Having watched the video ”Indian town's sex abuse claims" (BBC Newsnight), we are shocked to see a piece of the basest kind of journalism aired on a BBC channel.
We are familiar with Auroville, through having lived there, frequently visiting, and decades of service at International liaison level (Auroville International) in different countries. And while we appreciate that it isn't easy for a first-time visitor to understand the complex and sometimes delicate relationships between community and villages, nor perhaps to distinguish between Aurovilians and white visitors roaming in the area, we would have expected a BBC report to be based on a minimum of objectivity and verified information.
We had always considered BBC to uphold a high standard of professionalism, a belief that is shattered by this irresponsible, unresearched, mud-slinging tabloid video, hard to be classified as jounalism at all. We urge BBC to do some serious and meaningful enquiry into, and reporting on the reality of Auroville.
Aravinda & Jasmin Maheshwari
Auroville International, South Africa Liaison
Canada : Charlottetown PEI , C1A 3B2
South Africa : Cape Town
Regarding "Indian town's sex abuse claims", I regret that you have aired such a sensational and faultily researched program on Auroville - unprofessional to say the least. Auroville has had zero tolerance for any pedophilia since the very earliest days when I lived there beginning in 1971. Any such behavior has not and is not tolerated, and anyone proven to engage in it has always been immediately expelled.
I developed a handicraft training center there, providing craft training for men, women, and especially for village children who were not attending local schools. We provided a kindergarten with lunches, health care and language skills in Tamil, and the first running water into the local village. Hundreds of Tamil children came through this community and training center called Fraternity, and we never experienced a problem of this nature. And many joined Auroville as members over the years – ask Selvaraj, who, as a small boy with a small French girl, laid the cornerstone of Fraternity on 2-2-1972. Ask Dhandapani, Raman, Saroja and so many others who grew up both in villages and in Auroville. Like so many other Tamilians, they are now prominent members of Auroville and serving on many of its central committees. And especially ask Shankar, now head of the New Creation Bilingual School that you needlessly maligned. My wife and I are actively supporting it and will continue to do so.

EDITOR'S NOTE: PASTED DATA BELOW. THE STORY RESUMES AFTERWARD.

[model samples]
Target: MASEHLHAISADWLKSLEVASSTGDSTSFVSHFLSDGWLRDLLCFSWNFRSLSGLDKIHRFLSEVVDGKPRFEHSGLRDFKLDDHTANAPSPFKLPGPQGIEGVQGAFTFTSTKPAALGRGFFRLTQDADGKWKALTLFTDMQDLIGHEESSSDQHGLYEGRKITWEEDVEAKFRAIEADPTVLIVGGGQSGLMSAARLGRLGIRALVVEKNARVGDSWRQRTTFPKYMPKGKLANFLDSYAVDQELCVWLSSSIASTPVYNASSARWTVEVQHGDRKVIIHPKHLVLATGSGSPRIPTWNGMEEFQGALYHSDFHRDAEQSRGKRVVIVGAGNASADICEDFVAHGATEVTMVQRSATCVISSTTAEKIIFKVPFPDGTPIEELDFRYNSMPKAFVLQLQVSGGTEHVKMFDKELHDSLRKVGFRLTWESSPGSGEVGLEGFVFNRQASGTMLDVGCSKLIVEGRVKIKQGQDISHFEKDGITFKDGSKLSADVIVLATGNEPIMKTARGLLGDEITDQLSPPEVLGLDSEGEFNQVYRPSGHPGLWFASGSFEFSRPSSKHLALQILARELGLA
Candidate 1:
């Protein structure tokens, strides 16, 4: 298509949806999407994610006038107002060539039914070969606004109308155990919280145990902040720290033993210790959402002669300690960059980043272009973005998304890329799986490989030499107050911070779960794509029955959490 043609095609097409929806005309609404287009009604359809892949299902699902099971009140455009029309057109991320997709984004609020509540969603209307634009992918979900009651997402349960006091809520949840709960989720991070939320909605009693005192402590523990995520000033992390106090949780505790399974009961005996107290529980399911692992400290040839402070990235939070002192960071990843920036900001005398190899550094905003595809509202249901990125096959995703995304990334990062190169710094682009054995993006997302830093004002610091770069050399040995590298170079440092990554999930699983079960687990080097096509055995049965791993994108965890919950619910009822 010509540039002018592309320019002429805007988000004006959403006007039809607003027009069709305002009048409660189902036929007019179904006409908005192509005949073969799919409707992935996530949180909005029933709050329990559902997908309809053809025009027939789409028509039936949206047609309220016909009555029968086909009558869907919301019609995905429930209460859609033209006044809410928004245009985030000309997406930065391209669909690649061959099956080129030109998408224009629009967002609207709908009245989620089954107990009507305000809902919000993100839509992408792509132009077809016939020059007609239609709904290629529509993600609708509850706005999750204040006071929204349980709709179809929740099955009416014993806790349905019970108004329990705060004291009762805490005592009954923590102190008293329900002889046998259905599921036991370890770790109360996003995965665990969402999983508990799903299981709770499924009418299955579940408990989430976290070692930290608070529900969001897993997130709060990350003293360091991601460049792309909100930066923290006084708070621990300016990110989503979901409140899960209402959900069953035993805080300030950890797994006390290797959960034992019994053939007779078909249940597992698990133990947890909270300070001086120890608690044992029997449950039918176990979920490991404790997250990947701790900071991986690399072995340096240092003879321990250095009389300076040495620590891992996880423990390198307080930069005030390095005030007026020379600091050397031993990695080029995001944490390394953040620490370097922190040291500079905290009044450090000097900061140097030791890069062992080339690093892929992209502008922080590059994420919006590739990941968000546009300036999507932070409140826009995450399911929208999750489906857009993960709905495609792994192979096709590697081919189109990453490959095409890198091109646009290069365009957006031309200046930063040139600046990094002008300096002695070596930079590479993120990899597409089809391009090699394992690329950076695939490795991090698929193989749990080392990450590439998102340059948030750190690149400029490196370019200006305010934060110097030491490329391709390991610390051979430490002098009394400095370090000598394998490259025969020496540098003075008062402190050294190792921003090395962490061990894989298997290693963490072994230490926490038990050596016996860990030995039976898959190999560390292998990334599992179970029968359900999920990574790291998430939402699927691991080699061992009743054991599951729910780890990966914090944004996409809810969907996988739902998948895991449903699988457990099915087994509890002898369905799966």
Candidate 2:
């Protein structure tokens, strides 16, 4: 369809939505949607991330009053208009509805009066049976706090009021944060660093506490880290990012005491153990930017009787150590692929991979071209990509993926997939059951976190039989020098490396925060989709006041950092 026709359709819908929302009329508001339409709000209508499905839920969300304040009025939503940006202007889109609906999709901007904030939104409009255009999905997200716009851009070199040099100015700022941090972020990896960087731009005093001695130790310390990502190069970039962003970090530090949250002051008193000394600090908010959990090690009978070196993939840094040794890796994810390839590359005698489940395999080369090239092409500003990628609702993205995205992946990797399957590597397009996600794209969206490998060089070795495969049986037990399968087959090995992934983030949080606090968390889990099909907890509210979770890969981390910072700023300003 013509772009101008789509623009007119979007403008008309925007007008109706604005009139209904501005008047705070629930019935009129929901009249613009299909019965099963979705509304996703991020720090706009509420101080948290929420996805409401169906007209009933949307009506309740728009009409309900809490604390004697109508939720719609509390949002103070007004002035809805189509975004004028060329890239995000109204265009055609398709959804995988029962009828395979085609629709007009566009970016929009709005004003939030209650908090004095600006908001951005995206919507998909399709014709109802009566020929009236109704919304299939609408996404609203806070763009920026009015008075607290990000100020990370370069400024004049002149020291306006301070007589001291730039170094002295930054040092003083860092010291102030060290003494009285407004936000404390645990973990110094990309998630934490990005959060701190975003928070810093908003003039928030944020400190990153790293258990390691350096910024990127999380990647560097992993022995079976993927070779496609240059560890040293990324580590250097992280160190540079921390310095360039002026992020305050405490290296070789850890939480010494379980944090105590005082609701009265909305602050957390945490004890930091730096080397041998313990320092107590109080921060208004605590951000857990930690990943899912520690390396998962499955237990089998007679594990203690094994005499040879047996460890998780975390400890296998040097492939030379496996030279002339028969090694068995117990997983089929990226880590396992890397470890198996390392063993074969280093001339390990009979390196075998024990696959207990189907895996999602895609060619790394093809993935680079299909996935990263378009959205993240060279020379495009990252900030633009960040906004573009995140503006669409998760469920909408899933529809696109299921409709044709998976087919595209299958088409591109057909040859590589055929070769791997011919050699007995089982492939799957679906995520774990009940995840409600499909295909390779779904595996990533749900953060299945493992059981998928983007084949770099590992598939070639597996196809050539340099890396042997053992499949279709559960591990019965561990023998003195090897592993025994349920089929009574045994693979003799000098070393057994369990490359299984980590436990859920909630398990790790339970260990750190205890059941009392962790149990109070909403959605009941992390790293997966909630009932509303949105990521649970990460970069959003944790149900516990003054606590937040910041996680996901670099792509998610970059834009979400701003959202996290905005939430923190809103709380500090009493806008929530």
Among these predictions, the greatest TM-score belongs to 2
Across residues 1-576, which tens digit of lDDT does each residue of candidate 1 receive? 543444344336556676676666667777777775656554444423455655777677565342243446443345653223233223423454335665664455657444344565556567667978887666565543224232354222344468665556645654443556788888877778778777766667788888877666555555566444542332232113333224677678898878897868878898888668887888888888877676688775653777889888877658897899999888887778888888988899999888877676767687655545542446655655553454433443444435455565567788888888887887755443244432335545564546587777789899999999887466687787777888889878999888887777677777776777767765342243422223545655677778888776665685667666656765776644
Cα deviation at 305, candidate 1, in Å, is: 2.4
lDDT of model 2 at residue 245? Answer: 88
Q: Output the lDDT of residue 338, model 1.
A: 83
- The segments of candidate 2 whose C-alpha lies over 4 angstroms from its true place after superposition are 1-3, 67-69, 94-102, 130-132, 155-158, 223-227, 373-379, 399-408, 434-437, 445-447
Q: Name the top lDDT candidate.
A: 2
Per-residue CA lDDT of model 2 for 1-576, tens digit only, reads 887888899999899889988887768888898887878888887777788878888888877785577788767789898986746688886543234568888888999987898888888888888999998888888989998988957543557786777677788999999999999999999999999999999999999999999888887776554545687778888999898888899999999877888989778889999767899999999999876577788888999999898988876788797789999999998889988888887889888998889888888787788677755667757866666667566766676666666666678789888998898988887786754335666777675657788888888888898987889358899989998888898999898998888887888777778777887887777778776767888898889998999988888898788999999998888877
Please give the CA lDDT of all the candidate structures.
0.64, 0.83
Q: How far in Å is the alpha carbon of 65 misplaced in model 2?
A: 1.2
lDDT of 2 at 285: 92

I am confident that members of Auroville still uphold such high standards of behavior in relation to dealing with local children. I acknowledge that temporary visitors to Auroville must be more closely monitored; for a casual reporter, they may be hard to tell from a true member of Auroville.
As current Chair of Auroville International-USA, now living in the States, I ask BBC to return to Auroville with an objective reporter and conduct interviews to fully research the allegations that you have unfortunately aired. She or he would be greatly amazed at the complete story of Auroville in relation to the Tamil villagers over the last 40 years.
Wisconsin , USA
Home > Response to BBC broadcast - Donald Anello
Re: India Town´s sex abuse claims
I am really disappointed and saddened by the lack of professional and responsible reporting of such a very sensitive and emotionally charged topic as child abuse, and your offhanded presentation of the concept of Auroville, the Matrimandir and most importantly Sri Aurobindo and the Mother. Shame on you, Rachel Wright, you have painted all Aurovilians and devotees of Sri Aurobindo with the same dirty brush in the eyes of the world, your sensationalist story will be seen by millions of people all over the world, what were you trying to say, the video was even more offensive with your panning in on the pictures of Sri Aurobindo and the Mother as your breath hissed sexual abuse.
I have been to Pondicherry and Auroville many times, and I too feel as though things in Auroville need adjusting, but to imply that they are all a bunch of bums with no money is a total misrepresentation. The people in the villages around Auroville are the beneficiaries of the work going on within the community, 30€ is average wage, while in Pondicherry 100 rupees a day is common for labour.
The majority of Auroville's members are not white foreigners, they are Indian, and as the politician in the clip pointed out, the local police are a bit complacent and corrupt and perhaps have a vested interest in the continuation of some unsavory activities. The Aurovilians are not the most friendly people on the planet and need a change in attitude, I agree, Utopian socialism without a strong charismatic leader breeds anarchy. Sri Aurobindo and the Mother tried to share a concept of self-evolution that will embrace our inner light and strength that we all have within us and that raises us above the lower vital egoistical desires.
Perhaps you, Rachel Wright, reporter of bbc, may also not have noticed that the entrance to the Repos beach says “Auroville and Guest only”: virtually any foreigner can enter to eat and rent a cottage there, and little boys and girls do not wander there by themselves.
Almuñecar , Spain